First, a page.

29 2.1 Hypothalamic-Pituitary-Ovarian Axis 13 FSH LH Granulosa cell Theca cell Oestrogen Androgen Androgen Cholesterol Aromatase Figure 2.2 The two-cell, two-gonadotrophin hypothesis LH During the early and mid-follicular phase, the secretion of LH is relatively quiet with pulses every min and a fairly constant low concentration of circulating LH. However, this is the calm before the storm. An enormous climax is reached with the onset of the LH surge in the late follicular phase, the central event of the ovulatory cycle (Fig. 2.2 ). Concentrations of LH rise to times their resting level during the rest of the cycle. The duration of the surge is h. The LH surge, without which ovulation does not occur, is brought about by a combination of circumstances. Principally, there is a dramatic switch from a negative to a positive feedback action of oestradiol at both the pituitary and hypothalamic level, triggered when persistently increasing oestradiol concentrations reach a critical point. LH secreting pituitary gonadotrophs clearly become highly sensitive to GnRH stimulation, probably by increasing their numbers of GnRH receptors, a GnRH surge occurs and a small rise in progesterone levels in the late follicular phase may also have a triggering role.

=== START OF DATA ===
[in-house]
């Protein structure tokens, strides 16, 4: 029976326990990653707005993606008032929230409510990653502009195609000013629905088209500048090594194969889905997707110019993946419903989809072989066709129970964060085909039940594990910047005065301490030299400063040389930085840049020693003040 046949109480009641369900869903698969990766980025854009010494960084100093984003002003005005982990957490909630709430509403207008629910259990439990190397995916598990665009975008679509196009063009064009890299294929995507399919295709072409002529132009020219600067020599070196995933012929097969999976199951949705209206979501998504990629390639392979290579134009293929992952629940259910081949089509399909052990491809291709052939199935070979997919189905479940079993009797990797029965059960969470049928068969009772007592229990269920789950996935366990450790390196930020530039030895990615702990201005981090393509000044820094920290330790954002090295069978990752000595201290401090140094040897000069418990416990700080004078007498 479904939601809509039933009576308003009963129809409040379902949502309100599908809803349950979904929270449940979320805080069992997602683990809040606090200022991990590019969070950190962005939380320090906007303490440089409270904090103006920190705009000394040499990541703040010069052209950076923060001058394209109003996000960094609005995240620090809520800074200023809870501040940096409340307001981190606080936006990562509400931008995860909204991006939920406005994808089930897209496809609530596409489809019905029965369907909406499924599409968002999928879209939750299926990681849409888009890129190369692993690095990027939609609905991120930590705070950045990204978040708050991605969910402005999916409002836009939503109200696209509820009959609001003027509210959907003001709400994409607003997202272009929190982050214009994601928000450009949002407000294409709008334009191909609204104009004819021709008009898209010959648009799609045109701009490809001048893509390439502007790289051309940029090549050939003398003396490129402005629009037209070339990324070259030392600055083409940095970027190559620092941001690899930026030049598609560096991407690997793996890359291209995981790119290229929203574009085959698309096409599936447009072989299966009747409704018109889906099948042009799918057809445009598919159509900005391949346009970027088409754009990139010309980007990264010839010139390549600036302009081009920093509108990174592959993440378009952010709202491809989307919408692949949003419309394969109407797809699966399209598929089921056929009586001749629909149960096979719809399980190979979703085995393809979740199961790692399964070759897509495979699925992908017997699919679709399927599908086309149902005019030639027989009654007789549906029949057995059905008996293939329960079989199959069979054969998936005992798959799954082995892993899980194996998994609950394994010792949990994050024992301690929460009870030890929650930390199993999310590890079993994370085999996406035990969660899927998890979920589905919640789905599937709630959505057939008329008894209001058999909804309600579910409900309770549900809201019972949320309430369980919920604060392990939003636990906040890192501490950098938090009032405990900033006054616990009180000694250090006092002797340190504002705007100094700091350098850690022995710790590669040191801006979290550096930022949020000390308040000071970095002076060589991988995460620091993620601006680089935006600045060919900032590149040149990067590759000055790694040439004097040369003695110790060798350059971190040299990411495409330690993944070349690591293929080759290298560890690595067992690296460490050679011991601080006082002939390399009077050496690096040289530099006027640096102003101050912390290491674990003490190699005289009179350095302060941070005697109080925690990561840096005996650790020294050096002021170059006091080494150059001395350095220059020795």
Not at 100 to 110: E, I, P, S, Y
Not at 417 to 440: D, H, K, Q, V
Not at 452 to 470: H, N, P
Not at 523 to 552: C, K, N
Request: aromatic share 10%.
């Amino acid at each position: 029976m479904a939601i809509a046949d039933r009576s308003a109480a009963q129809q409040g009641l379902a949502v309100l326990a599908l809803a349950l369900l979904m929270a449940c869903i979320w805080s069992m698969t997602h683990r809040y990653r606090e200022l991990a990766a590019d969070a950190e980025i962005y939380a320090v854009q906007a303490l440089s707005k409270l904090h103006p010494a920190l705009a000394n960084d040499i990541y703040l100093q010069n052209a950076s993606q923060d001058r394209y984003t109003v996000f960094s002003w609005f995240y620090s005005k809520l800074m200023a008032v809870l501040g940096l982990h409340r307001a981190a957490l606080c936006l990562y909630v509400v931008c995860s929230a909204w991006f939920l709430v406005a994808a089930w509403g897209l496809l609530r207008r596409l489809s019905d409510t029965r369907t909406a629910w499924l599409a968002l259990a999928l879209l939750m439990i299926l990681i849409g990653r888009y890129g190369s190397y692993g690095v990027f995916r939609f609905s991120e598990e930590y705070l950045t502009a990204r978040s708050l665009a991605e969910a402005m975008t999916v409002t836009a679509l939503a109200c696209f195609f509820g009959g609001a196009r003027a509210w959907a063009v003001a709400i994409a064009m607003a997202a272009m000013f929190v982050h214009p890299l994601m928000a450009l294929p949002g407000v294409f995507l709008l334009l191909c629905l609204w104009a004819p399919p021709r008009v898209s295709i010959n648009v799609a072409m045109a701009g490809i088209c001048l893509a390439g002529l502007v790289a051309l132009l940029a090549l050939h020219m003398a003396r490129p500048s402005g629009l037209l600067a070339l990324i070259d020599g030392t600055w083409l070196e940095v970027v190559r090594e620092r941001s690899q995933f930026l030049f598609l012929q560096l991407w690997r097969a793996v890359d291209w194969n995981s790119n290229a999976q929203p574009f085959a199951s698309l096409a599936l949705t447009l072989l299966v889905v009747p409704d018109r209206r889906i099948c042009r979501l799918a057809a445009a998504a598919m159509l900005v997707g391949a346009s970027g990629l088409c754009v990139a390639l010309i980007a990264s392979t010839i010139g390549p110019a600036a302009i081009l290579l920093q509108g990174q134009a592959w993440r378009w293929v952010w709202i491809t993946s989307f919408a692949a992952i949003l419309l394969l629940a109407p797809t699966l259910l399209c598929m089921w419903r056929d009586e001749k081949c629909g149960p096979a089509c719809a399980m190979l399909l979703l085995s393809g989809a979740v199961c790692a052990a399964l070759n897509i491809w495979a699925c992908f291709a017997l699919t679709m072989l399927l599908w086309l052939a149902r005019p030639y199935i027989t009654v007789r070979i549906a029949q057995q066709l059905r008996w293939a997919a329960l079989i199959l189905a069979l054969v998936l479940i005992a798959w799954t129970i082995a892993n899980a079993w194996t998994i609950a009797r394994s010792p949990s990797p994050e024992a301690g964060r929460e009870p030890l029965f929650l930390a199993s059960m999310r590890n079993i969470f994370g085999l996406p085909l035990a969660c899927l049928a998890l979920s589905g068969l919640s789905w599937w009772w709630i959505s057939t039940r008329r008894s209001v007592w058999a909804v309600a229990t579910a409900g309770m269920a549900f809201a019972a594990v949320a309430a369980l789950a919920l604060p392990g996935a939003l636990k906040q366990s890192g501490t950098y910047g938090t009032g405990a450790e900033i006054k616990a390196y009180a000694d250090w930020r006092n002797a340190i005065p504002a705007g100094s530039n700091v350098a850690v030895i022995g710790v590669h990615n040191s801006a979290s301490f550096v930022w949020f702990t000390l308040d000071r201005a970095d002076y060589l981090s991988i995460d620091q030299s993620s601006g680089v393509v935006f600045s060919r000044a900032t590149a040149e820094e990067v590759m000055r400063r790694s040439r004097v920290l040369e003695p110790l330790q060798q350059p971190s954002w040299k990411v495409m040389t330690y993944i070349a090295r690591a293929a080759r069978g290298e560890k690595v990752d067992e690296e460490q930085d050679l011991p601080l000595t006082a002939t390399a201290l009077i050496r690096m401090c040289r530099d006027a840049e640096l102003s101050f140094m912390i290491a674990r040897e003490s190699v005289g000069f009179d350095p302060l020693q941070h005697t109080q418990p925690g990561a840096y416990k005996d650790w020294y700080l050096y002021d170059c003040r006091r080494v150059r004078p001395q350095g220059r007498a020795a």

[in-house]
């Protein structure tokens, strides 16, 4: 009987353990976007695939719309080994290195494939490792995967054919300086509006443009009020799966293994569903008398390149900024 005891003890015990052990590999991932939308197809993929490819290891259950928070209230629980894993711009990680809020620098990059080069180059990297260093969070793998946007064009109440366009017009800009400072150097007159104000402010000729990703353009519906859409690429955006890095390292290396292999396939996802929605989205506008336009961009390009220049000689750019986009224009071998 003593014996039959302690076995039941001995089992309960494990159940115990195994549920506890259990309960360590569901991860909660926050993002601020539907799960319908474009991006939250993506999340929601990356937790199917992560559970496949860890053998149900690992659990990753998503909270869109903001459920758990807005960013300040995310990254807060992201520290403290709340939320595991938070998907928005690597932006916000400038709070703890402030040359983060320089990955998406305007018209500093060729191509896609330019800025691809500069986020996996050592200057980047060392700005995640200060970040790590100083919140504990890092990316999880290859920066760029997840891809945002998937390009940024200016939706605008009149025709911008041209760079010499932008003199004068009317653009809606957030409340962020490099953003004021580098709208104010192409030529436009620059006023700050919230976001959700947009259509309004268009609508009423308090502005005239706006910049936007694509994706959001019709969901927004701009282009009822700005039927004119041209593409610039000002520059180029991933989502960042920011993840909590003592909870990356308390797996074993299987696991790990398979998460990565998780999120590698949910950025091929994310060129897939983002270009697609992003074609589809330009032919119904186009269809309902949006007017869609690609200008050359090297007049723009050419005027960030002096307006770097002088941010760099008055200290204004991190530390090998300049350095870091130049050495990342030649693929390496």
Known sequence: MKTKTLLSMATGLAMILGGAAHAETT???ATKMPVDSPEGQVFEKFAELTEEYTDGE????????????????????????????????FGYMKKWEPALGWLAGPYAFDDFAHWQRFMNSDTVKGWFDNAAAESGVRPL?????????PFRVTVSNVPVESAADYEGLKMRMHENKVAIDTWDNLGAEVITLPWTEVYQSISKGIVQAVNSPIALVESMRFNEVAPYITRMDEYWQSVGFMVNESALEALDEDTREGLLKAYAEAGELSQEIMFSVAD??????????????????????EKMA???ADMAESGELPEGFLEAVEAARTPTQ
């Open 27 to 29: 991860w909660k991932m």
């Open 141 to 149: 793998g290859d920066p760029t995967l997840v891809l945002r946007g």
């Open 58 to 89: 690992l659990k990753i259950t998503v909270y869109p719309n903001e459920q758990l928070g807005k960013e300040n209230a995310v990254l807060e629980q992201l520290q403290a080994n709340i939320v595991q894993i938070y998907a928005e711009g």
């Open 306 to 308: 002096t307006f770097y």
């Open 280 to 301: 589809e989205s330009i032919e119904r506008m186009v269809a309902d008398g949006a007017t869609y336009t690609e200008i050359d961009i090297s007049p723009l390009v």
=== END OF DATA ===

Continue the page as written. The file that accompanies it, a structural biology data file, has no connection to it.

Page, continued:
30 14 Chapter 2. Physiology of Ovulation The pre-ovulatory LH surge has a number of key functions: 1. Triggering of ovulation and follicular rupture about 36 h after the surge. 2. Disruption of the cumulus-oocyte complex. 3. Induction of the resumption of oocyte meiotic maturation. 4. Luteinization of granulosa cells. Following the formation of the corpus luteum, increasing concentrations of progesterone slow down the frequency of the LH (GnRH) pulses to one every 3 then one every 4 h. Concentrations of LH once again dip down to baseline levels. It is therefore, not clear what kind of influence LH levels have on the maintenance of the corpus luteum. This structure, which produces large quantities of hormones, seems to have a mind of its own or a built-in programme which terminates in a very constant manner after 14 days. The luteal phase is thus the constant part of the ovulatory cycle whereas the follicular phase is much more likely to be prone to changes in duration Two Cells: Two Gonadotrophins Outside the tumultuous events of the mid-cycle surge, the main function of LH is to encourage the production of androgens by theca cells. The androgens, androstendione and testosterone, are then passed on to the granulosa cells. Here they meet aromatase (CYP19), whose function it is to convert them into oestrogens, mainly oestradiol but also oestrone. Aromatase action, and therefore oestrogen production, is controlled by FSH. Hence, the function of theca cells and granulosa cells are controlled by LH and FSH respectively (Fig. 2.2 ). There is some overlap however as the LH receptors expressed by FSH on the granulosa cell membranes of developing follicles of >10 mm diameter render LH capable of inducing oestradiol production and follicular growth in the mid-late follicular phase.